GANHRI ANNUAL CONFERENCE
Ensuring human rights-based and gender-responsive
implementation, follow-up and review of the Global Compact for Migration: The
role of National Human Rights Institutions
Wednesday, 6 March 2019
10 to 18 hours, Room XVIII, Palais des Nations,
On 10 December 2018, the
international community adopted the Global Compact for Safe, Orderly and
Regular Migration (Global Compact), in Marrakech, Morocco. The Global Compact
on Migration is a political agreement for improved migration governance at the
global, regional and national level, and shared principles to develop migration
policies that assure the respect of human rights.
The Global Compact presents
a historic opportunity to ensure human rights-based and gender-responsive
migration governance. However, the success of the Global Compact will depend on
how it is implemented and monitored, and the extent to which it makes a positive difference in
the lives of migrants and the populations in their countries of origin,
transit, and destination.
Whilst the Global
Compact was negotiated and adopted by States, there is a clear commitment to
implement, follow-up and review the Global Compact in cooperation and
partnership with all relevant stakeholders. National human rights institutions
(NHRIs) have an essential role, as recognised in the Global Compact.
institutions with a broad human rights mandate and functions in line with the
United Nations Paris Principles, NHRIs have been and can make significant
contributions to furthering the human rights-based
and gender-responsive implementation of the Global Compact, and have a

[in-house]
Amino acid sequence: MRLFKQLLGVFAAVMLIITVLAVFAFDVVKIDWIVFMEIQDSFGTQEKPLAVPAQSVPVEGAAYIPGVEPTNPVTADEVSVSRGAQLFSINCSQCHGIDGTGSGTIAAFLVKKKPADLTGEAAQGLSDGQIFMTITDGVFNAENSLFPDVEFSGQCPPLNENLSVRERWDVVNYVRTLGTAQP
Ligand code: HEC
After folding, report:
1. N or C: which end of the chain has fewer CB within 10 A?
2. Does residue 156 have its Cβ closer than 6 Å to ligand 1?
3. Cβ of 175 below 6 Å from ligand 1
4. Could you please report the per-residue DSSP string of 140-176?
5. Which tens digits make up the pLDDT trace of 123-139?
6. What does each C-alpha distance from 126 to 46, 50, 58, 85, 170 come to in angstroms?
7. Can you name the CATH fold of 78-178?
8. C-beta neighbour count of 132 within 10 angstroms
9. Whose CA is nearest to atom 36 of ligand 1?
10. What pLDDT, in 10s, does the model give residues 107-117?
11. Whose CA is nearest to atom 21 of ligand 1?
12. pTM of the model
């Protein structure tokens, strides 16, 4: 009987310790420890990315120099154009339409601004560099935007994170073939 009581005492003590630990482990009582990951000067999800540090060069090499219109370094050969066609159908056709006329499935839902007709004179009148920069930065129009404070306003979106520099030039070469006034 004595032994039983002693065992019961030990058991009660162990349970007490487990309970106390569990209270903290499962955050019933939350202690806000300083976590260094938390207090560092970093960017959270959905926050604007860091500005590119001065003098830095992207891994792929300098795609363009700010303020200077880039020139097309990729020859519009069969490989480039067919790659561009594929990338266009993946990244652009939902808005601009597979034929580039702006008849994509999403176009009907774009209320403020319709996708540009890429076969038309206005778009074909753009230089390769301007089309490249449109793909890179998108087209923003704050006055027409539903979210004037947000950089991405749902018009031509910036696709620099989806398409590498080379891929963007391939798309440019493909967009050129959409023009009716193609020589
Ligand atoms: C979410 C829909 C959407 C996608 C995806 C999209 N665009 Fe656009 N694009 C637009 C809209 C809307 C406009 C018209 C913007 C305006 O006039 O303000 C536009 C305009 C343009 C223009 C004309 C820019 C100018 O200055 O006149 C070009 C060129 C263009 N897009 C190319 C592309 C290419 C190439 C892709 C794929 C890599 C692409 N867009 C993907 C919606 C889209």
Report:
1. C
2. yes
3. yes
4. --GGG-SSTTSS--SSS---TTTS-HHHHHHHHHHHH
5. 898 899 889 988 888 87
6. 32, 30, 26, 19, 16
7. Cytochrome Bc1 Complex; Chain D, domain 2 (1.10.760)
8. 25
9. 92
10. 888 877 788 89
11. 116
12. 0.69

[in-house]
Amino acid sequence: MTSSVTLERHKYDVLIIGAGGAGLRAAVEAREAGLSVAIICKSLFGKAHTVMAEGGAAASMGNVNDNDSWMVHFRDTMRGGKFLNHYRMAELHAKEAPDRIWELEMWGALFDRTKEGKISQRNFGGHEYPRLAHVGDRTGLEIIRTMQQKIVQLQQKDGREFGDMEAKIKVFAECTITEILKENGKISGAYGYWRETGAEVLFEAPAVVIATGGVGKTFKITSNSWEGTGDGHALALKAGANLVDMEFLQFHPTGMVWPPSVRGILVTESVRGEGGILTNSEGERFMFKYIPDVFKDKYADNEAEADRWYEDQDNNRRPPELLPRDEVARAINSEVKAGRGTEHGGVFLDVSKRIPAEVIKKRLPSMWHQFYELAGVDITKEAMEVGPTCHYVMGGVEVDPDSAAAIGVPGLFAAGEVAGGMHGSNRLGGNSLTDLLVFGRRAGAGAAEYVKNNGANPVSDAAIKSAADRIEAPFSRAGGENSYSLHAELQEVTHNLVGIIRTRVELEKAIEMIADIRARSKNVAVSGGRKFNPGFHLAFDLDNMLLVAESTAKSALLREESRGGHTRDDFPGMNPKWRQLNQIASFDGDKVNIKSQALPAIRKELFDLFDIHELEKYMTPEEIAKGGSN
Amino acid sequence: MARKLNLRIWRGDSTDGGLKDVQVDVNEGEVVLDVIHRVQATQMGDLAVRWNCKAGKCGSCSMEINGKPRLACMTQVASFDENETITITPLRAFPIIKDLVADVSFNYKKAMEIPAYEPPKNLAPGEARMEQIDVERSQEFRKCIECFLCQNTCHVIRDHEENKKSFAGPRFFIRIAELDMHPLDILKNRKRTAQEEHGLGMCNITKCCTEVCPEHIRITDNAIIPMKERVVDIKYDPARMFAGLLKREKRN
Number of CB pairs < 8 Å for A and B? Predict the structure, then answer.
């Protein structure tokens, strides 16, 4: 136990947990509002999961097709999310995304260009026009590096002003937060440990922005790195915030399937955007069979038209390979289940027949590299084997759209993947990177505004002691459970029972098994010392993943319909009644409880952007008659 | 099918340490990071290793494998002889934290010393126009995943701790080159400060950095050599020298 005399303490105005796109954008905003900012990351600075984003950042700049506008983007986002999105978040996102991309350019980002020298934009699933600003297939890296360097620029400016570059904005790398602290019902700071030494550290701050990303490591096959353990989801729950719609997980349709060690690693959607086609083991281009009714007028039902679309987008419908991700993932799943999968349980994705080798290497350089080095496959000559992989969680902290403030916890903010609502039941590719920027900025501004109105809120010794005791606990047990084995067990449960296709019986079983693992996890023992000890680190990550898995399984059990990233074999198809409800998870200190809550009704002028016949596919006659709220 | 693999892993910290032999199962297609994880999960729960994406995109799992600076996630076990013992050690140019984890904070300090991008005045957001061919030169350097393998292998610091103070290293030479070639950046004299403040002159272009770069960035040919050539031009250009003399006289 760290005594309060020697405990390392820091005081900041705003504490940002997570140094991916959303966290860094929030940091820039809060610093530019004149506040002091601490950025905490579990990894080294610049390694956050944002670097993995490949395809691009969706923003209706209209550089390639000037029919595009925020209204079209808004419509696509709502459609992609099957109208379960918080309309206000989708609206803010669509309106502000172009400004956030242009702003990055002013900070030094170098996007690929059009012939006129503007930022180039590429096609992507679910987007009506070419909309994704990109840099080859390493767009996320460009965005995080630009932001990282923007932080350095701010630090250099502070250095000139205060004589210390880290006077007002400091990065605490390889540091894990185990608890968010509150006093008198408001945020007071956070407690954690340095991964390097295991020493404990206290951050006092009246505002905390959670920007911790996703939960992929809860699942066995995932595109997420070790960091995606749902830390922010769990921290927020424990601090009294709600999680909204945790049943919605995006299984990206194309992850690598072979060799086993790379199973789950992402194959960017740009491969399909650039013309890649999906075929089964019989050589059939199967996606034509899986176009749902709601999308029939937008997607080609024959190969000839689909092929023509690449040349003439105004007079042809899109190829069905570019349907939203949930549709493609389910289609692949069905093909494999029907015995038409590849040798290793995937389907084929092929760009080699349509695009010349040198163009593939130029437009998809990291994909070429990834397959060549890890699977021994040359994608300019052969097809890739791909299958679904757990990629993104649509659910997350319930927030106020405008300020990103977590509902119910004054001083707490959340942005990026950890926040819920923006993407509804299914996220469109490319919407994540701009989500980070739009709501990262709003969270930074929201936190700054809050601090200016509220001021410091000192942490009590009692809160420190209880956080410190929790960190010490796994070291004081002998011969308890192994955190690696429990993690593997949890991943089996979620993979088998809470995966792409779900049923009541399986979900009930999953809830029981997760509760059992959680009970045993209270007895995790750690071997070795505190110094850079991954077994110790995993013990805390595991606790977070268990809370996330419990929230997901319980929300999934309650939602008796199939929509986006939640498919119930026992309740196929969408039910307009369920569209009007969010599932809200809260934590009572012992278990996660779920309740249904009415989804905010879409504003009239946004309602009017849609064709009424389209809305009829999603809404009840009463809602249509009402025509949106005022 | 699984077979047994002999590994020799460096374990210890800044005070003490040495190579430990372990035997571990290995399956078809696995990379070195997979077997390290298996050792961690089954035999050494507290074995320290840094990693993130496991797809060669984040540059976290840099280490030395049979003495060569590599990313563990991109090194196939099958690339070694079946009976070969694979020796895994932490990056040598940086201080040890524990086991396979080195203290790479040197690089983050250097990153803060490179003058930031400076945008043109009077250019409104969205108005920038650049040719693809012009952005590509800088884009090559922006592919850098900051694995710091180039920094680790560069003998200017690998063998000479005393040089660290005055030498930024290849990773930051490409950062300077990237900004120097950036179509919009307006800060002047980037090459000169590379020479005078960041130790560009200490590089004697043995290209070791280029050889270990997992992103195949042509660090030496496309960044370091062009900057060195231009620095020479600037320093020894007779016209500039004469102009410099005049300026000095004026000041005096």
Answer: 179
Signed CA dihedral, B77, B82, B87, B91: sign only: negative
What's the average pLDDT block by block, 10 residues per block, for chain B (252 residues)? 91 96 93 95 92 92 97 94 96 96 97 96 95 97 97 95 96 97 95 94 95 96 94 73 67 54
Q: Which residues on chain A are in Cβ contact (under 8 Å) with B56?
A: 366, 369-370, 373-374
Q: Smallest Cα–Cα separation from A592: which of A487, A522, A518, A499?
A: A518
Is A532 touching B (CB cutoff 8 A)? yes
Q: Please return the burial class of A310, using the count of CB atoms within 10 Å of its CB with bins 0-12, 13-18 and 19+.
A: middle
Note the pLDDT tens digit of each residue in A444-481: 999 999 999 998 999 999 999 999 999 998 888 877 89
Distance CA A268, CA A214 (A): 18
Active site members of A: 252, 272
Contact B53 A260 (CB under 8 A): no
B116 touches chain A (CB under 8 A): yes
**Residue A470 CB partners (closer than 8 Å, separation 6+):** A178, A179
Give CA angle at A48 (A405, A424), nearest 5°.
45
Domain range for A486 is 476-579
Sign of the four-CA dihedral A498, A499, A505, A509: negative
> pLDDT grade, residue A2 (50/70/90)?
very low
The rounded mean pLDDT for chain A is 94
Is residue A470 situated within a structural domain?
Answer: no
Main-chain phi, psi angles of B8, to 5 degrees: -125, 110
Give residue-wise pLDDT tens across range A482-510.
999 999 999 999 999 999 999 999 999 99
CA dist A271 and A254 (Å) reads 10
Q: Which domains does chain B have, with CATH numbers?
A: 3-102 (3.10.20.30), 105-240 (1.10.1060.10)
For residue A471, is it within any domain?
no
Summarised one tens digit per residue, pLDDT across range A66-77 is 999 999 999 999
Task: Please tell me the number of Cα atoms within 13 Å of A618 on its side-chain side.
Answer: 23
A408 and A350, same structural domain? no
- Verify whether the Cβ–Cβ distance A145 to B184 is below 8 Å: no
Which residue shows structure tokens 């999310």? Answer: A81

particular role to play in following-up and reviewing progress towards the
Global Compact’s objectives.
NHRIs play unique
bridging roles – between international, regional and national spheres; between
different government institutions; between government, civil society and
rights-holders; across a range of human rights and their State’s corresponding
international obligations and commitments.
This bridging role
positions them particularly well to help implement, follow-up and review the
Compact’s set of cross-cutting and interdependent guiding principles, including
and in particular the principles of people-centred, human rights-based,
gender-responsive, child-sensitive, whole-of-government and whole-of-society,
ensuring that implementation respects the rule of law and is rooted in the 2030
Agenda for Sustainable Development. They also have a key role in educating and
training on the human rights dimension of the Global Compact. Cooperating with
other NHRIs, and working collectively through their regional networks and
GANHRI, NHRIs are also well placed to address the cross-border nature of
In line with the
Paris Principles, NHRIs are vested with a broad set of functions and powers
which generally include research; legal and policy advice; education and
promotion; monitoring; investigating; handling complaints; cooperating with
other national, regional and international organisations; and interacting with
Each of these functions can be leveraged to make distinctive and valuable
contributions to the 23 objectives laid out in the Global Compact for Migration,
at all stages of implementation, follow-up and review, including in the development
of national implementation plans; monitoring of progress; and follow-up and
review, at national, regional and global levels.
Specifically, NHRI contributions may include:
contexts and institutional capacities vary widely, the Global Compact will be
of critical relevance to the work and mandates of NHRIs all over the world. A
number of concrete examples – across all regions – is illustrative of the kind
of contributions that NHRIs can, and already do make, to promote human
rights-based approaches to migration. Many NHRIs, however, also face obstacles
and challenges, including narrowly drawn mandates, constraints on their